the stochastic models predict a higher dispersion in y-
coordinate direction, while DEM predicts a higher dis-
persion in z-coordinate direction. This may be explained
by the high concentration of particles near the crossing
point and the occurrence of multiple particle collisions,
which is not taken into account by stochastic models. As
the particle flow coming from the top and bottom of the
domain is intense, more particles tend to disperse to the
sides. Qualitatively, however, this effect is accurately
predicted by the stochastic models, as seen in figure 8.
The axial and transverse particle velocity profiles in
each sampling plane is illustrated in figure 9. The



A BC


I 4


I -A
i O E . .M'


,"1 :









7th International Conference on Multiphase Flow,
ICMF 2010, Tampa, FL, May 30 -June 4, 2010


0.08---I-'-I-'-I
DEM
007 *Nanbu-Babovsky
S *.O'Rourke
0 06-
005- ^
0 04
>, _--------''
0.03
002-
0oo- Plane A

0 1 2 3 4 5 6 7 8 9 10
0.08i
0074
006
005 "'
004 ">
0.03
002 T
001o Plane B

S1 2 3 4 5 6 7 8 9 10
008- -
007-
0.06 ,
0.05 -
1004 '*
003 .'
002
0.01' Plane C

0 1 2 3 4 5 6 7 8 9 10
N/N


0.08 ----
0.07
0.06


0.05 3


0.02
001

0 1 2 3 4 5 6 7 8 9 10


0 1 2 3 4 5 6 7 8 9 10
0.081------------


0.06 -
0.05 ,
0.04
003
0.02 '
0.01

0 1 2 3 4 5 6 7 8 9 10
N/N


Figure 7: Dimensionless particle concentration of
injection-0 (left) and injection-1 (right), for
the '. w 1.5% case.



stochastic models predict the post-collisional particle
velocities with good accuracy. Here, the tendency is
similar to results for the lower particle volume fraction
S 0. I'. However, since most particles collide and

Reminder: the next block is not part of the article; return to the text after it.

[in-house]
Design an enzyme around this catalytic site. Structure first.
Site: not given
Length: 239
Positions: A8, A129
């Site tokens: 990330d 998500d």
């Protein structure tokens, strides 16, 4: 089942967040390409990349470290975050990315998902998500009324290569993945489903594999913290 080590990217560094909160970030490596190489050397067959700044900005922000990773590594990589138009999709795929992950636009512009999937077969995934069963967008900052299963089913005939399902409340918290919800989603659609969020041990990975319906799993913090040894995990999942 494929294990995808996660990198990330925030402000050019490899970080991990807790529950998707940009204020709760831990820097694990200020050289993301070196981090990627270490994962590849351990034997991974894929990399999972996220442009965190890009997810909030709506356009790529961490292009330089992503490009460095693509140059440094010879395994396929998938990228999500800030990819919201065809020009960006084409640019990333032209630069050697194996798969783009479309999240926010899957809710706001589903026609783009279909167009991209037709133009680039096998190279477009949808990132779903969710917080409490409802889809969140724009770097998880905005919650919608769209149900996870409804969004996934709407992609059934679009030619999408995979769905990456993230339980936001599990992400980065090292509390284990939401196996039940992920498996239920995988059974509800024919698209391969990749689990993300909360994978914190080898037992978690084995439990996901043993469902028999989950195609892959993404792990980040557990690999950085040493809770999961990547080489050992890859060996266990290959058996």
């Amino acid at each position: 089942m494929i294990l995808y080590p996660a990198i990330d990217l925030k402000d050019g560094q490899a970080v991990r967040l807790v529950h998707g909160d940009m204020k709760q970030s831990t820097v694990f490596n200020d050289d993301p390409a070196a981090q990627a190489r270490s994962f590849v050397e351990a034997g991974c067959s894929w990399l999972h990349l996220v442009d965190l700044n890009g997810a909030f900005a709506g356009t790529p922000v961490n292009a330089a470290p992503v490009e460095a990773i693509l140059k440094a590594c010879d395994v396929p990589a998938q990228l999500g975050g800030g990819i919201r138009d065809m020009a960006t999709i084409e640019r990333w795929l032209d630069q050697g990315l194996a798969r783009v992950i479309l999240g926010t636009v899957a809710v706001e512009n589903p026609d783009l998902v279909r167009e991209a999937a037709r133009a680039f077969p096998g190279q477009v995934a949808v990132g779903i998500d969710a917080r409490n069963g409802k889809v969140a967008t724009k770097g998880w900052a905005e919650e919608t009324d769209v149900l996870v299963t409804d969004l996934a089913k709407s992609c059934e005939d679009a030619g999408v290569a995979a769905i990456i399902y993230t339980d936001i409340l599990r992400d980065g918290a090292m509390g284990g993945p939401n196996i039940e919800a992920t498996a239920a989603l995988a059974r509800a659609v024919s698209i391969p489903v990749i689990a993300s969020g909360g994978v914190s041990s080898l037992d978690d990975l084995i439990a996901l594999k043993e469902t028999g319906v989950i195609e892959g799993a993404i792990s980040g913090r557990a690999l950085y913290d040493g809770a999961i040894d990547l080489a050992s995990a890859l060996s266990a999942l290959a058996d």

the particle dispersion over the domain is higher, the pro-
files are smoother and the presence of the particle jets is
no longer recognizable. Near the domain boundaries, the
amount of particles sampled in plane A is low, resulting
in an oscillation of averaged velocities.


Statistics Investigation

A quick investigation was conducted to verify if the
implemented Nanbu-Babovsky model and the O'Rourke
model are able to meet the expected statistics for differ-
ent particle discretizations and grid resolutions. In order
to ensure enough particles for the application of a statis-
tical treatment even for a coarser particle discretization,
a denser regime with a particle volume fraction close to
6% in each injected particle jet was considered.


I 3M601
2 S5101
2 71 01
2 53&t01
242&-01


DPE.l


Figure 8: Cross section view of particle dispersion be-
hind plane A for the '. 1 ".'. case.




The expected number of collisions to occur in the
computational domain, over a time-step At le-04 s,
is the sum of the expected values of each grid cell, com-
puted with equation 2. Figure 10 compares the number
of computed collisions for different particle discretiza-